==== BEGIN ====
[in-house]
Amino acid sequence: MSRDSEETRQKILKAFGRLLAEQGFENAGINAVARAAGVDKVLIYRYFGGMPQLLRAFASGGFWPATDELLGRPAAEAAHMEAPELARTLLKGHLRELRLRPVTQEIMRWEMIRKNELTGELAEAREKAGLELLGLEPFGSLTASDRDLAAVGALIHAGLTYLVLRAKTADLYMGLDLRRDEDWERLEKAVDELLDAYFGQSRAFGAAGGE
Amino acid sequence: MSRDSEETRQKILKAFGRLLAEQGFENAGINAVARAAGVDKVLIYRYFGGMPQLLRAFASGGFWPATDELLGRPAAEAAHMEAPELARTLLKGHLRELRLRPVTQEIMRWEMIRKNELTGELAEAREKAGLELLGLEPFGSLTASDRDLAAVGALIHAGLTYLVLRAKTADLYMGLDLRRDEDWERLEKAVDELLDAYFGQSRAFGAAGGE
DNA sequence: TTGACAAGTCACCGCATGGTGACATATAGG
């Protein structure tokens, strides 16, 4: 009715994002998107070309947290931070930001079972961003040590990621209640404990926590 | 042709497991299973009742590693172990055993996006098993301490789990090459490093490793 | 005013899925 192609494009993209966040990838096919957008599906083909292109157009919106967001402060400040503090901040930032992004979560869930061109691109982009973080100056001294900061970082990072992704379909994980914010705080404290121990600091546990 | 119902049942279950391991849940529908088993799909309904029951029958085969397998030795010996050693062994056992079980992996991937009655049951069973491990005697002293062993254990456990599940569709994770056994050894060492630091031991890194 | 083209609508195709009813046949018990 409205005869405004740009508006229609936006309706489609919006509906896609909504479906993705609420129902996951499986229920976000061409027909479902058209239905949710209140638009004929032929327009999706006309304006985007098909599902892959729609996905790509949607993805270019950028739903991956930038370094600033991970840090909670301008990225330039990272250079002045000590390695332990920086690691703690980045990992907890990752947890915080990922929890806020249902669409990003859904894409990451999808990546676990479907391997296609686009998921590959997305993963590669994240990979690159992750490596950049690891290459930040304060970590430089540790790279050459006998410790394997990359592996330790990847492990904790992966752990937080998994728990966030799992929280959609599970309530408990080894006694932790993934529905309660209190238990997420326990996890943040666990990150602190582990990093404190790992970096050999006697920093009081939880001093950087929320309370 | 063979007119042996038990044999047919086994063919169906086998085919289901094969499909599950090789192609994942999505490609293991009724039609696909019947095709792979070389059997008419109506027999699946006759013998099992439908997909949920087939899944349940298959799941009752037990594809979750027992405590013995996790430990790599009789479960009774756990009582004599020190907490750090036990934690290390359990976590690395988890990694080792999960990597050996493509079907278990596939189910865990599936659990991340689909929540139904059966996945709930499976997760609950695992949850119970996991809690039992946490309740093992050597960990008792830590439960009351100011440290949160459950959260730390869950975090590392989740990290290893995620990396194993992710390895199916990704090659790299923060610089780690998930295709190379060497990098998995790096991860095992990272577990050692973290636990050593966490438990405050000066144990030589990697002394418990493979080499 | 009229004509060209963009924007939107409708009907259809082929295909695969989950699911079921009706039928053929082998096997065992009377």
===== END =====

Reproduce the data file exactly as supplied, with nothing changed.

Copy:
[in-house]
Amino acid sequence: MSRDSEETRQKILKAFGRLLAEQGFENAGINAVARAAGVDKVLIYRYFGGMPQLLRAFASGGFWPATDELLGRPAAEAAHMEAPELARTLLKGHLRELRLRPVTQEIMRWEMIRKNELTGELAEAREKAGLELLGLEPFGSLTASDRDLAAVGALIHAGLTYLVLRAKTADLYMGLDLRRDEDWERLEKAVDELLDAYFGQSRAFGAAGGE
Amino acid sequence: MSRDSEETRQKILKAFGRLLAEQGFENAGINAVARAAGVDKVLIYRYFGGMPQLLRAFASGGFWPATDELLGRPAAEAAHMEAPELARTLLKGHLRELRLRPVTQEIMRWEMIRKNELTGELAEAREKAGLELLGLEPFGSLTASDRDLAAVGALIHAGLTYLVLRAKTADLYMGLDLRRDEDWERLEKAVDELLDAYFGQSRAFGAAGGE
DNA sequence: TTGACAAGTCACCGCATGGTGACATATAGG
């Protein structure tokens, strides 16, 4: 009715994002998107070309947290931070930001079972961003040590990621209640404990926590 | 042709497991299973009742590693172990055993996006098993301490789990090459490093490793 | 005013899925 192609494009993209966040990838096919957008599906083909292109157009919106967001402060400040503090901040930032992004979560869930061109691109982009973080100056001294900061970082990072992704379909994980914010705080404290121990600091546990 | 119902049942279950391991849940529908088993799909309904029951029958085969397998030795010996050693062994056992079980992996991937009655049951069973491990005697002293062993254990456990599940569709994770056994050894060492630091031991890194 | 083209609508195709009813046949018990 409205005869405004740009508006229609936006309706489609919006509906896609909504479906993705609420129902996951499986229920976000061409027909479902058209239905949710209140638009004929032929327009999706006309304006985007098909599902892959729609996905790509949607993805270019950028739903991956930038370094600033991970840090909670301008990225330039990272250079002045000590390695332990920086690691703690980045990992907890990752947890915080990922929890806020249902669409990003859904894409990451999808990546676990479907391997296609686009998921590959997305993963590669994240990979690159992750490596950049690891290459930040304060970590430089540790790279050459006998410790394997990359592996330790990847492990904790992966752990937080998994728990966030799992929280959609599970309530408990080894006694932790993934529905309660209190238990997420326990996890943040666990990150602190582990990093404190790992970096050999006697920093009081939880001093950087929320309370 | 063979007119042996038990044999047919086994063919169906086998085919289901094969499909599950090789192609994942999505490609293991009724039609696909019947095709792979070389059997008419109506027999699946006759013998099992439908997909949920087939899944349940298959799941009752037990594809979750027992405590013995996790430990790599009789479960009774756990009582004599020190907490750090036990934690290390359990976590690395988890990694080792999960990597050996493509079907278990596939189910865990599936659990991340689909929540139904059966996945709930499976997760609950695992949850119970996991809690039992946490309740093992050597960990008792830590439960009351100011440290949160459950959260730390869950975090590392989740990290290893995620990396194993992710390895199916990704090659790299923060610089780690998930295709190379060497990098998995790096991860095992990272577990050692973290636990050593966490438990405050000066144990030589990697002394418990493979080499 | 009229004509060209963009924007939107409708009907259809082929295909695969989950699911079921009706039928053929082998096997065992009377």